I had an interesting discussion with a couple of colleagues on the value of consumer security research to the business community. They argued that a business is not really interested in what home users do and, moreover, the security risks are minimal in a household when compared to the risk businesses have to manage.
Granted, the risks are greater in a business environment but there are two key elements linking the home and the office – people and technology. What we often forget is that user behaviour is strongly influenced by activities outside of the office and not within.
More to the point, how people use technology at the office is a reflection of how they use it at home – and this can have a negative effect on security in a business.
To explore the behavior and attitude towards security and technology in US households, an interview of 500 parents and their teenage children showed that nine out of 10 parents said they had antivirus software installed on their computers – nothing surprising there – but what is worrying is that only 28% of these said they update their virus definitions daily. Twenty-four percent, yes, one in four, were not even sure if their AV definitions were being updated at all.
These results strongly indicate that most parents are confident that so long as antivirus is installed on their computer they have nothing to worry about. Such is the false sense of security among parents and teens that 76% and 77% respectively said they are ‘very’ or ‘somewhat’ confident that they won’t be infected by a virus.
It does get worse. Nearly two-thirds of parents (65%) said a virus had infected their home computers, with 55% of them saying this had happened more than once – describing these attacks as ‘somewhat’ or ‘very’ serious (62%). Forty-seven per cent of teens said their computer had been infected by a virus at home.
Root of many security issues
This lax approach to security, fuelled by a lack of education, over-confidence and the false belief that an AV product is enough to protect their machine, is the root, I believe, of many of the user-related security issues that business face on a daily basis.
This brings me to one statistic that defines the link between home user behaviour and security at the office. Ninety percent of parents use their work computers at home for personal business, while of those parents, 37% say they let their teens use them as well.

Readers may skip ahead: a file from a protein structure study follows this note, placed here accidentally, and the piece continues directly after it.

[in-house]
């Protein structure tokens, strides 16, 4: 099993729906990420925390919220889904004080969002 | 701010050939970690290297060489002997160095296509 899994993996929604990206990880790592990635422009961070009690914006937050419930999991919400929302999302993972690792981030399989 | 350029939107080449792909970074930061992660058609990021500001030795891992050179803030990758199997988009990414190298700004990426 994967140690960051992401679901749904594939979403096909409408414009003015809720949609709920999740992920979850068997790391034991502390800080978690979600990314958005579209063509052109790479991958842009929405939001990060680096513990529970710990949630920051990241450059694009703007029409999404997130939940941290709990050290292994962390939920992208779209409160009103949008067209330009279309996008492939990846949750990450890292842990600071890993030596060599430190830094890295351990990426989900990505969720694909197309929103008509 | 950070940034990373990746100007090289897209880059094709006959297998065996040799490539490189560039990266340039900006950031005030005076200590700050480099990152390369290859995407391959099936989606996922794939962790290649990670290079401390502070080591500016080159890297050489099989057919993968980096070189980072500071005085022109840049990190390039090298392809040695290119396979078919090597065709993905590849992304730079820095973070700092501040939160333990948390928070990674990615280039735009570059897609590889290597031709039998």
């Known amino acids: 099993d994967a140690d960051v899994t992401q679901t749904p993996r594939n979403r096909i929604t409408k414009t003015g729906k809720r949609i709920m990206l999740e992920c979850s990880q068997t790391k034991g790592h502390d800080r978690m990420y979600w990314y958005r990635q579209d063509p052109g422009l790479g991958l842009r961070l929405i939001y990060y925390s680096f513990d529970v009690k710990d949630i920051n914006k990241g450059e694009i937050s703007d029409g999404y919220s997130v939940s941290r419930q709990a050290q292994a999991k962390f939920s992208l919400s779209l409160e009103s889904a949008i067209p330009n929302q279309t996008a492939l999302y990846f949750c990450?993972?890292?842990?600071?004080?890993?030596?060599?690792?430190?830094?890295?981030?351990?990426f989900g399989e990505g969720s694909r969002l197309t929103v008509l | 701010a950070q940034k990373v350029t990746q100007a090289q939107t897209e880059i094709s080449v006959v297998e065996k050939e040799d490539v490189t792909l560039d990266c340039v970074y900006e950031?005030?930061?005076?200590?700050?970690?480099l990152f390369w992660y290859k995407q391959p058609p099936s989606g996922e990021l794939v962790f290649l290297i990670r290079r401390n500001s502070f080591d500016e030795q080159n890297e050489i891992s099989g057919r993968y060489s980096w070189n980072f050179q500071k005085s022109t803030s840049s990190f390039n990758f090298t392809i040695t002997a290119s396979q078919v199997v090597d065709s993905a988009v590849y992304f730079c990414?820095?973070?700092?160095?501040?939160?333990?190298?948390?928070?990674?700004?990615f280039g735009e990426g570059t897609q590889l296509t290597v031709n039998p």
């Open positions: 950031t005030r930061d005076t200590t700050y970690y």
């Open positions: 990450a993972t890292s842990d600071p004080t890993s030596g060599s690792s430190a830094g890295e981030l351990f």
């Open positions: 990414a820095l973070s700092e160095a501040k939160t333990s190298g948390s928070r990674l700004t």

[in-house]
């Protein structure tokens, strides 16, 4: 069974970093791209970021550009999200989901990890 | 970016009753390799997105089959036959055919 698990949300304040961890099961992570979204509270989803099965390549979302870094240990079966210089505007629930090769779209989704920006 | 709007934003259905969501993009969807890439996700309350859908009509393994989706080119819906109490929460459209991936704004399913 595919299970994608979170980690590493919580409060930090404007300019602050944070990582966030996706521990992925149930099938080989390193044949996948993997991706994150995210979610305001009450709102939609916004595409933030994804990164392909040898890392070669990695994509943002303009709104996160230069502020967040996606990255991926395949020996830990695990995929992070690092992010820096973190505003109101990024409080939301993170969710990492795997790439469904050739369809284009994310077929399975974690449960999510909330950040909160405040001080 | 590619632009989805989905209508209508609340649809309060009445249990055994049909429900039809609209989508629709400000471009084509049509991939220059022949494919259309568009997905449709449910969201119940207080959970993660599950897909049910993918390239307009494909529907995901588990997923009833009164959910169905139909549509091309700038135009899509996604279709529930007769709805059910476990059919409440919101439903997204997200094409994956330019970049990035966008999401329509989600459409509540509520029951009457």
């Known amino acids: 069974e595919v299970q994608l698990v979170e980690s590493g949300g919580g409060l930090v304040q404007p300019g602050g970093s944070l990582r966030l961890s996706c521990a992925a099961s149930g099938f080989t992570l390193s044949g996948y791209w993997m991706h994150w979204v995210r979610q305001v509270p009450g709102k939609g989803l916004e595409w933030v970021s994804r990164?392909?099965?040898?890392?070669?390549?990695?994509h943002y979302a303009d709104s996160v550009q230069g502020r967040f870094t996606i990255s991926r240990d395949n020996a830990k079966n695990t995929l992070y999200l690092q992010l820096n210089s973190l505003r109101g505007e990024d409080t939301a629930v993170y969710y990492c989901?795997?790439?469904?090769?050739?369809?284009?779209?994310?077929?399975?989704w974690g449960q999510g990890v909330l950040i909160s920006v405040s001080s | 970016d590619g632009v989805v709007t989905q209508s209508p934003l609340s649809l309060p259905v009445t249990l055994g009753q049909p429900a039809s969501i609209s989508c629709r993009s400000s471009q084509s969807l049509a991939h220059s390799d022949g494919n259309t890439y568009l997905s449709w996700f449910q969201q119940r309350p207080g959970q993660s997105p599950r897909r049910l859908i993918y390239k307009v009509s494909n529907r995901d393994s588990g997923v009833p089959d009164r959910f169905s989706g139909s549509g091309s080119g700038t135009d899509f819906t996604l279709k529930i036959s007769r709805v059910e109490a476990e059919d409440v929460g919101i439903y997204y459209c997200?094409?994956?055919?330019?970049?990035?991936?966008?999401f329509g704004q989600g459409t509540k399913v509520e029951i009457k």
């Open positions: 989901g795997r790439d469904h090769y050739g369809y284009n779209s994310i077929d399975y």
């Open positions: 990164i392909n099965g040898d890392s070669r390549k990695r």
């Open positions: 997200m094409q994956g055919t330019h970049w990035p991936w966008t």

That computer is now a security risk. Here we have a computer, probably a laptop, in the hands of a teenager who can’t wait to go online and start browsing, chatting on Facebook and downloading music, videos, films and so on. With 53% of teens admitting that they visited porn sites, for example, the risk of a malware infection on the work computer greatly increases.
Although most work PCs have AV installed, today’s teenagers are clever enough to shut it down, especially if they want to download some software. They also know how to hide their tracks well. According to the survey, 42% of teens have deleted the browsing history on the computer to hide what they have been doing online from their parents.
Thus, any risky online behaviour on their parents’ computer may not be evident and any ‘damage’ caused may not be discovered until it is too late.
Beware of those devices
Although most companies say they have strong security measures aimed at preventing malware from entering the network when portable devices are connected to it, 42% of parents said they are not required to take any security measures before connecting their computer (or any other device) to the network.
This is a perfect recipe for a serious security incident and it also shows how vigilant businesses need to be. If their employees show little or no concern for security at home, how can they be expected to follow basic security best practice at the office? Unless that business has layer upon layer of protection (web filtering, AV, log management, etc), employees become as great a risk as a malicious hacker looking for weaknesses in the network.
The more we understand how technology is used at home, the more we can understand how users will behave in other environments, especially at work. With this insight businesses can take preventive action before something happens and create more effective policies.
Ultimately, it all boils down to one word: Education.